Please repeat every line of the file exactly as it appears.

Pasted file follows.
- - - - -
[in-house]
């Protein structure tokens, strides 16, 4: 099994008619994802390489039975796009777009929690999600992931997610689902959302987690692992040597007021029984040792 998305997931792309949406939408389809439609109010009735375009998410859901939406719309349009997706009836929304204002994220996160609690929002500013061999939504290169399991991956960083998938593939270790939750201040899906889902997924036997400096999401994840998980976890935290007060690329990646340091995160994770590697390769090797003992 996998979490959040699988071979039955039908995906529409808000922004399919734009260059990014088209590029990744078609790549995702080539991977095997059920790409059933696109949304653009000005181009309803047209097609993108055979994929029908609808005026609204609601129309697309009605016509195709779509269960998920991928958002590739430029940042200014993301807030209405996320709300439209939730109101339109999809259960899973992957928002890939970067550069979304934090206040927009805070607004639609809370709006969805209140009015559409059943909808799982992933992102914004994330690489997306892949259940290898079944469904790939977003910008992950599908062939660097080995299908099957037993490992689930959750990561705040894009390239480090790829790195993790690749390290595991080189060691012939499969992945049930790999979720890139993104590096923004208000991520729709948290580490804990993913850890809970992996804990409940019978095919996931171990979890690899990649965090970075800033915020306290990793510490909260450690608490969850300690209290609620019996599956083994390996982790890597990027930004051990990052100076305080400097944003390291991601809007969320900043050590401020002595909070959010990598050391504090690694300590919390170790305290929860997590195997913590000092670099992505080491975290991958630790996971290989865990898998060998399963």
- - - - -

[in-house]
């Protein structure tokens, strides 16, 4: 099994008619994802390489039975796009777009929690999600992931997610689902959302987690692992040597007021029984040792 998305997931792309949406939408389809439609109010009735375009998410859901939406719309349009997706009836929304204002994220996160609690929002500013061999939504290169399991991956960083998938593939270790939750201040899906889902997924036997400096999401994840998980976890935290007060690329990646340091995160994770590697390769090797003992 996998979490959040699988071979039955039908995906529409808000922004399919734009260059990014088209590029990744078609790549995702080539991977095997059920790409059933696109949304653009000005181009309803047209097609993108055979994929029908609808005026609204609601129309697309009605016509195709779509269960998920991928958002590739430029940042200014993301807030209405996320709300439209939730109101339109999809259960899973992957928002890939970067550069979304934090206040927009805070607004639609809370709006969805209140009015559409059943909808799982992933992102914004994330690489997306892949259940290898079944469904790939977003910008992950599908062939660097080995299908099957037993490992689930959750990561705040894009390239480090790829790195993790690749390290595991080189060691012939499969992945049930790999979720890139993104590096923004208000991520729709948290580490804990993913850890809970992996804990409940019978095919996931171990979890690899990649965090970075800033915020306290990793510490909260450690608490969850300690209290609620019996599956083994390996982790890597990027930004051990990052100076305080400097944003390291991601809007969320900043050590401020002595909070959010990598050391504090690694300590919390170790305290929860997590195997913590000092670099992505080491975290991958630790996971290989865990898998060998399963």